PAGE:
Emperor Xizong of Jin
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Emperor Xizong of Jin
Emperor Xizong of Jin
Emperor of the Jin dynasty
Reign10 February 1135 - 9 January 1150
PredecessorEmperor Taizong of Jin
SuccessorWanyan Liang
Born28 February 1119
Died9 January 1150(1150-01-09) (aged 30)
SpouseEmpress Daoping
Consort Xian
Consort De
Lady Jiagu
Lady Zhang
Lady Peiman
Zhao Jingu
Zhao Saiyue
Zhao Feiyan
Zhao Yuqiang
Zhao Yupan
Zhao Jinnu
Zhao Chuanzhu
Zhao Jinyin
Zhao Tanxiang
Wanyan Ji'an
Wanyan Daoji
Princess of Zheng
Princess of Ji
Princess of Dai
Princess of Liang
Princess of Shen
Full name
Wanyan Dan (sinicised name)
Hela (Jurchen name)
Era dates
Tianhui (; 1135-1138)
Tianjuan (; 1138-1141)
Huangtong (; 1141-1149)
Posthumous name
Emperor Hongji Zuanwu Zhuangjing Xiaocheng (?) (after 1179)
Emperor Wuling (?) (1161-1179)
Prince Donghun () (1150-1161)
Temple name
Xizong () (after 1187)
Minzong () (1161-1187)
FatherWanyan Zongjun
MotherLady Pucha

Emperor Xizong of Jin (28 February 1119 - 9 January 1150), personal name Hela, sinicised name Wanyan Dan, was the third emperor of the Jurchen-led Jin dynasty, which ruled northern China between the 12th and 13th centuries. He reigned for about 15 years from 1135 to 1150. During his reign, the Jin dynasty launched several military campaigns against the Han Chinese-led Southern Song dynasty in southern China.

Early life

Hela was the eldest son of Shengguo (; also known as Wanyan Zongjun ?), the eldest son of Aguda (Emperor Taizu), the founder and first emperor of the Jin dynasty. His mother was Lady Pucha (), whom he posthumously honoured as "Empress Huizhao" (?). When Emperor Taizu died in 1123, the throne was passed on to his younger brother, Wuqimai (Emperor Taizong). Wanyan Zonghan and Wanyan Xiyin, who used to be Emperor Taizu's chief advisers, convinced Emperor Taizong to designate Hela as his heir apparent (anban bojilie; ) in 1132, so Hela became the new emperor in 1135 when Emperor Taizong died.[1]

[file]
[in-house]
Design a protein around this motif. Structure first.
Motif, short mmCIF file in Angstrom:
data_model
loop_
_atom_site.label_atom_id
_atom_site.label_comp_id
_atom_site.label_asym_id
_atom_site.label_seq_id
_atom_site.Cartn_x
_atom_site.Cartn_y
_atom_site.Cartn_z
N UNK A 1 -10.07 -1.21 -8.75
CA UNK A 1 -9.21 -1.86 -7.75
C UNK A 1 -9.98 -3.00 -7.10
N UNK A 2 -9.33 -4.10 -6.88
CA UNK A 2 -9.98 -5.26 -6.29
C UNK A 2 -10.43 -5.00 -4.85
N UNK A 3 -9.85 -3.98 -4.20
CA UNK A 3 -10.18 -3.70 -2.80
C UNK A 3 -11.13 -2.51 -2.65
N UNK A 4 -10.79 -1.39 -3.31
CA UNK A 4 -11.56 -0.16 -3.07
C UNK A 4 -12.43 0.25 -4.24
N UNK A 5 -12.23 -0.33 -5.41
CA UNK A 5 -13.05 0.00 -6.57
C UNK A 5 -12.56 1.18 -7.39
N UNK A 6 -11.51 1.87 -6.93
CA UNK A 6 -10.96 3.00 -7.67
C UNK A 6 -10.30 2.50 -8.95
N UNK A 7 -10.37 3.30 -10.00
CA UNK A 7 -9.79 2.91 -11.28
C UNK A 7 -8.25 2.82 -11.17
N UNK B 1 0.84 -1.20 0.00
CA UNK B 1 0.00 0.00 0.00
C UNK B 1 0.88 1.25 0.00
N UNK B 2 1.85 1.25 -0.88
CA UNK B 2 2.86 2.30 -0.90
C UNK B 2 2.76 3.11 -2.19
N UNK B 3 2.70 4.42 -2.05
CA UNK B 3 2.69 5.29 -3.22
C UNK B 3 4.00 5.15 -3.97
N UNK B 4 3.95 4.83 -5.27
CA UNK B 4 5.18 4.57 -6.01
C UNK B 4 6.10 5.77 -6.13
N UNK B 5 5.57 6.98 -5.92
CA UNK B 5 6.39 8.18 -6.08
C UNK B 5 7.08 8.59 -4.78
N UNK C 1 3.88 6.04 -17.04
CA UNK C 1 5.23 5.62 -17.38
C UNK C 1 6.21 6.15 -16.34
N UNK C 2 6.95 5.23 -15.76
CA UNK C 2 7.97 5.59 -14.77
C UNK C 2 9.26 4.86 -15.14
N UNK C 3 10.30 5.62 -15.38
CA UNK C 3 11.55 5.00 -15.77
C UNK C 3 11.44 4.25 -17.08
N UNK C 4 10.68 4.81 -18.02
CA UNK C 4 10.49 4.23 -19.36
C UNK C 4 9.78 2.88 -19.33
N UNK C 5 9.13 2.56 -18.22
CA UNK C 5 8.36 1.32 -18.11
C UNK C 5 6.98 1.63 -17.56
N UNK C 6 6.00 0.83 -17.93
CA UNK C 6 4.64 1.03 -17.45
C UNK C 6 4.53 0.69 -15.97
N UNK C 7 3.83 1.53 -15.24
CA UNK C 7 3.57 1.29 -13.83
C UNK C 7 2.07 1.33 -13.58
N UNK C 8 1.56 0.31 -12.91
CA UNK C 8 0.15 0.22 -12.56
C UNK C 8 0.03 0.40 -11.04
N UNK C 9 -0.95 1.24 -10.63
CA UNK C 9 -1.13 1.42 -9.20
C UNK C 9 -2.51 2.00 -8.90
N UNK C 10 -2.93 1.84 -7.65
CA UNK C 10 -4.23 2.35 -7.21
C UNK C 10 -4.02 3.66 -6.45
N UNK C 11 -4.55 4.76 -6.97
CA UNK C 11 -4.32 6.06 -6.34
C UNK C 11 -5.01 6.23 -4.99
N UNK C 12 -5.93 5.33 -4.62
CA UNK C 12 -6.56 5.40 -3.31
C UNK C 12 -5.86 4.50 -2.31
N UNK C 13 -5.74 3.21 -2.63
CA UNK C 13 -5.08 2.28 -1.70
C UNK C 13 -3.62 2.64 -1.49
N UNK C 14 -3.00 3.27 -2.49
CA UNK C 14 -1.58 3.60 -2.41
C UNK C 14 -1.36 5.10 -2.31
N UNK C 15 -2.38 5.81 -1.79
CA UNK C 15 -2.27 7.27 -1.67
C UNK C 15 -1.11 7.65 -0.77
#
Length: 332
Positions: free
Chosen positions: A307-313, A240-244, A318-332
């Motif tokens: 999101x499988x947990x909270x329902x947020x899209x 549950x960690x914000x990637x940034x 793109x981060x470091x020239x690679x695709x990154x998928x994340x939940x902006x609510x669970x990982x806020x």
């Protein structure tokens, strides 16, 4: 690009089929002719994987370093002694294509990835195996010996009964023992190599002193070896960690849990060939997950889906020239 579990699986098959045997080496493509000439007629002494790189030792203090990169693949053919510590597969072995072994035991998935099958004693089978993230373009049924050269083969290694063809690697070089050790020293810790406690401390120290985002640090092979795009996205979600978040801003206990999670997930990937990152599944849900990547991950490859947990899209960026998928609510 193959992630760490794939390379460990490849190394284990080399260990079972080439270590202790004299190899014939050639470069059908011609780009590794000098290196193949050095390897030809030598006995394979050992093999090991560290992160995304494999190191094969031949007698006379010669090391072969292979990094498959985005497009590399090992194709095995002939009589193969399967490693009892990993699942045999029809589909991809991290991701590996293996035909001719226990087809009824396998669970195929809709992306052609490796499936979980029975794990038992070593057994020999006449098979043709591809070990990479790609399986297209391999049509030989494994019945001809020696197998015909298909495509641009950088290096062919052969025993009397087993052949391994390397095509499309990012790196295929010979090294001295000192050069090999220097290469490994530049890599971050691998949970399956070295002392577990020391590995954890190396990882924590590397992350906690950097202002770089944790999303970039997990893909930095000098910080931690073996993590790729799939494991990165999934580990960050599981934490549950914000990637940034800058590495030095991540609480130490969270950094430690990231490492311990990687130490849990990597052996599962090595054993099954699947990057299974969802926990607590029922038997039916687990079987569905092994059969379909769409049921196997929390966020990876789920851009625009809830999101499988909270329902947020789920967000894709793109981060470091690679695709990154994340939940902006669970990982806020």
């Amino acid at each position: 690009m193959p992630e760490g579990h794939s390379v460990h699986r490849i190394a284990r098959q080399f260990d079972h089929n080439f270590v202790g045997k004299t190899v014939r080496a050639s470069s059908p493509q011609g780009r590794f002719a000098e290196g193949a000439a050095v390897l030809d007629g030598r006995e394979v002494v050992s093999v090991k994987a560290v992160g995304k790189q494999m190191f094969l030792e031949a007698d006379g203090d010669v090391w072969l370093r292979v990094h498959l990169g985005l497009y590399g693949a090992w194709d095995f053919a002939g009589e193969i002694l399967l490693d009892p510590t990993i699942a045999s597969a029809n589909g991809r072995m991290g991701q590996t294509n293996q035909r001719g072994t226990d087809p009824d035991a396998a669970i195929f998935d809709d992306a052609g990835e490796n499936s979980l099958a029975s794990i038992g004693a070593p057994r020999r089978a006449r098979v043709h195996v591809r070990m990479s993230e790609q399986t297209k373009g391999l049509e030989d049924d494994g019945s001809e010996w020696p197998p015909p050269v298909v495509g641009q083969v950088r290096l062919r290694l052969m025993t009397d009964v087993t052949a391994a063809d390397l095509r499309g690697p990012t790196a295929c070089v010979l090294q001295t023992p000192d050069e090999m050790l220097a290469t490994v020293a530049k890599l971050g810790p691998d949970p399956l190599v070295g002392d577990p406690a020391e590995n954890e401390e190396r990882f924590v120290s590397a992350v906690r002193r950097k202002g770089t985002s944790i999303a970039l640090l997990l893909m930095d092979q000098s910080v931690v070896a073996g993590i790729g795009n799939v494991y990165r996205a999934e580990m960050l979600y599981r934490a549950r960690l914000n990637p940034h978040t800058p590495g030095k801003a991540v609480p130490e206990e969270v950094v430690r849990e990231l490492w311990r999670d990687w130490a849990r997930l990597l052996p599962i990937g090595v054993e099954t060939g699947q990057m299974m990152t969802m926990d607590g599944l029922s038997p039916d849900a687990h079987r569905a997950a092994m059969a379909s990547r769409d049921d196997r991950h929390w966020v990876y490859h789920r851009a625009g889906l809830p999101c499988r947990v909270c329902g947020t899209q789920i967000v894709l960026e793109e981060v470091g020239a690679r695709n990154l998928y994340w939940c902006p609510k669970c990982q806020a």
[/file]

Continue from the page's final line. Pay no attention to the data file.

Wars against the Southern Song dynasty

In 1137, Emperor Xizong abolished the Qi kingdom, a vassal state of the Jin dynasty ruled by Liu Yu (), a former Song dynasty official. The Jin dynasty started peace negotiations with the Southern Song dynasty. In 1139, the Jin and Song dynasties arrived at a treaty, with the latter agreeing to be a tributary vassal state under the former. In return, the Jin dynasty returned control of Henan and Shaanxi provinces to the Song dynasty. However, in 1140, Emperor Xizong decided to wage war against the Song dynasty so he ordered the general Wanyan Zongbi to lead Jin forces to attack and seize back Henan and Shaanxi. In 1141, Wanyan Zongbi and his army were defeated by Song forces led by Yue Fei and Han Shizhong; the Jin dynasty agreed to negotiate for peace again with the Song dynasty.

Internal politics

Emperor Xizong was very fond of Han Chinese culture because of the influence of his adoptive father, Wanyan Zonggan (?), so he reformed the political institutions and modelled them after Han Chinese ones, while at the same time encouraging talented Han Chinese to serve in his government. In 1136, Emperor Xizong ordered Wanyan Zonggan, Wanyan Zongpan (?) and Wanyan Zonghan to take charge of reforming the government and creating the Three Departments system.